- The new regulation contains specific provisions for relaxing the required setbacks and the ventilation index.
- The new regulation authorizes a statutory decision-maker to issue approvals for burning under a CWRR plan, which can have different requirements than the regulation.
The new regulation relaxes some requirements in the low smoke sensitivity zone away from communities. Smoke generated in these areas has a low chance of affecting populated areas. The Ministry of Forests, Lands, Natural Resource Operations and Rural Development (FLNRORD) may still apply waste reduction targets in these areas that will reduce the amount of material burnt.
Although open burning produces air pollutants and greenhouse gases, it is also an effective way to reduce fire hazard by disposing of debris from logging and other activities. It is also an effective way to manage diseased vegetative debris from agricultural operators. The purpose of the new OBSCR is to ensure that when burning takes place it does not create a risk to air quality.
Alternatives to burning are strongly encouraged. Under the new regulation, a person who performs open burning must ensure they have used every reasonable alternative to minimize the open burning amounts, such as: reducing, reusing or recycling the vegetative debris, and increasing the utilization of post-harvest material/fibre.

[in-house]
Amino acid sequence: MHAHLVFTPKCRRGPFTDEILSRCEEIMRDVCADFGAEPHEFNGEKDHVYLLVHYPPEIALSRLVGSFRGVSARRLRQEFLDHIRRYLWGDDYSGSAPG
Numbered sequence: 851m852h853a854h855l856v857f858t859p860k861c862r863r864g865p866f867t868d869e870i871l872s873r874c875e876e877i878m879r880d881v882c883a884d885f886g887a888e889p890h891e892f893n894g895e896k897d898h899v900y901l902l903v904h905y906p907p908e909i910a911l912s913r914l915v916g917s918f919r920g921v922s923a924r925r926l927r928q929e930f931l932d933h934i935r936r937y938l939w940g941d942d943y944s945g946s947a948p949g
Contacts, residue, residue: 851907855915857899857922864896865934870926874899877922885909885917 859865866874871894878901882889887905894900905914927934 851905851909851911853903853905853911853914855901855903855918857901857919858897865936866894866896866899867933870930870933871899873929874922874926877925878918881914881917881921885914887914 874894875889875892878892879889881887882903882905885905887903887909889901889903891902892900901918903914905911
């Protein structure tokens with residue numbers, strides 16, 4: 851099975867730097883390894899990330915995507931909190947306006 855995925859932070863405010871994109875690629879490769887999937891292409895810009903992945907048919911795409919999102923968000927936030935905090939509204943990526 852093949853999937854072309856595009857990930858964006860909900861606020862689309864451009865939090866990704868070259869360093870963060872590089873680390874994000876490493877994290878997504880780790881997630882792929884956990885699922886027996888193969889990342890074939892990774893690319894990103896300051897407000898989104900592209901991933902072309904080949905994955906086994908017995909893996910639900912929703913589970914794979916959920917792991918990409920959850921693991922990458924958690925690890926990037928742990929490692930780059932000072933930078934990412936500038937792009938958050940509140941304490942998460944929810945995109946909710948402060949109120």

Forestry companies and other operations that create a fire hazard through their operations are required by the Wildfire Act and Regulation to reduce that hazard. The burning remains a cost-effective way to abate fire hazard from vegetative debris. The Ministry of Forests, Lands, Natural Resource Operations and Rural Development (FLNRORD) has implemented a Forest Carbon Initiative to make better use of residual fibre and to reduce the burning of wood waste. Additionally, FLNRORD is also implementing policies such as Fibre Recovery zones that include penalties for licensees who leave fibre above allowable waste benchmarks. This is an alternative pricing mechanism to encourage less slash piling and burning.
Yes, local governments will continue to regulate smaller scale backyard burning. In addition, communities can add stricter requirements to larger-scale open burning.
The burning of smaller debris, with each branch or piece less than three centimetres in diameter, is exempt from OBSCR. For burning material less than ten centimetres in diameter in an agricultural or domestic context, only a few provisions apply. In some communities, local governments may have more stringent bylaws that prohibit or restrict backyard burning.
Campfires are not covered by the new regulation.
The Ministry of Environment and Climate Change Strategy has taken several steps to manage wood smoke from a variety of sources across the province. These include:
- Regulating emission standards for new wood-burning appliances sold in BC through the Solid Fuel Burning Domestic Appliance Regulation.
- The Provincial Wood Stove Exchange Program to encourage the replacement of old, smoky wood stoves with cleaner heating appliances.
- Supporting municipalities that want to limit or ban backyard burning through local bylaws that regulate the nuisance, fire hazard or air quality impacts of open burning.
- Public education and awareness about the need to manage wood smoke in BC.